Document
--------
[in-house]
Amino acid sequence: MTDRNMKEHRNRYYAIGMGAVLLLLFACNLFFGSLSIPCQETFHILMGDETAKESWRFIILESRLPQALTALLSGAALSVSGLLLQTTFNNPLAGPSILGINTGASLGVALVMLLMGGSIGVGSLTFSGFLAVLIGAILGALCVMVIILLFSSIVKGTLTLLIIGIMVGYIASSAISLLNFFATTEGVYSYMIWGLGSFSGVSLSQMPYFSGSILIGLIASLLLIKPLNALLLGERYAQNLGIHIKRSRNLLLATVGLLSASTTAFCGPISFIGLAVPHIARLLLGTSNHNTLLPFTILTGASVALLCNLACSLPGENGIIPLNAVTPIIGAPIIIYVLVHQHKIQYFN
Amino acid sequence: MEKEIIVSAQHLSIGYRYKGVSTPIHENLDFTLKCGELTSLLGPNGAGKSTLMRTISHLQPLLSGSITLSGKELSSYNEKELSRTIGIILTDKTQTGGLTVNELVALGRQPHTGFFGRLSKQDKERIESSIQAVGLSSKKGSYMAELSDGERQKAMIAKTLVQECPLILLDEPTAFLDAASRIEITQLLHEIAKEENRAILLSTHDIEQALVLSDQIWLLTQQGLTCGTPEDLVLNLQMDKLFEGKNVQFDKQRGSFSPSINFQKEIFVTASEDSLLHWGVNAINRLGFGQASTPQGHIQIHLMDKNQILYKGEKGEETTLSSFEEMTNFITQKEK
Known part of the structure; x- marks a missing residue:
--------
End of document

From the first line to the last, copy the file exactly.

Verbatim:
[in-house]
Amino acid sequence: MTDRNMKEHRNRYYAIGMGAVLLLLFACNLFFGSLSIPCQETFHILMGDETAKESWRFIILESRLPQALTALLSGAALSVSGLLLQTTFNNPLAGPSILGINTGASLGVALVMLLMGGSIGVGSLTFSGFLAVLIGAILGALCVMVIILLFSSIVKGTLTLLIIGIMVGYIASSAISLLNFFATTEGVYSYMIWGLGSFSGVSLSQMPYFSGSILIGLIASLLLIKPLNALLLGERYAQNLGIHIKRSRNLLLATVGLLSASTTAFCGPISFIGLAVPHIARLLLGTSNHNTLLPFTILTGASVALLCNLACSLPGENGIIPLNAVTPIIGAPIIIYVLVHQHKIQYFN
Amino acid sequence: MEKEIIVSAQHLSIGYRYKGVSTPIHENLDFTLKCGELTSLLGPNGAGKSTLMRTISHLQPLLSGSITLSGKELSSYNEKELSRTIGIILTDKTQTGGLTVNELVALGRQPHTGFFGRLSKQDKERIESSIQAVGLSSKKGSYMAELSDGERQKAMIAKTLVQECPLILLDEPTAFLDAASRIEITQLLHEIAKEENRAILLSTHDIEQALVLSDQIWLLTQQGLTCGTPEDLVLNLQMDKLFEGKNVQFDKQRGSFSPSINFQKEIFVTASEDSLLHWGVNAINRLGFGQASTPQGHIQIHLMDKNQILYKGEKGEETTLSSFEEMTNFITQKEK
Known part of the structure; x- marks a missing residue: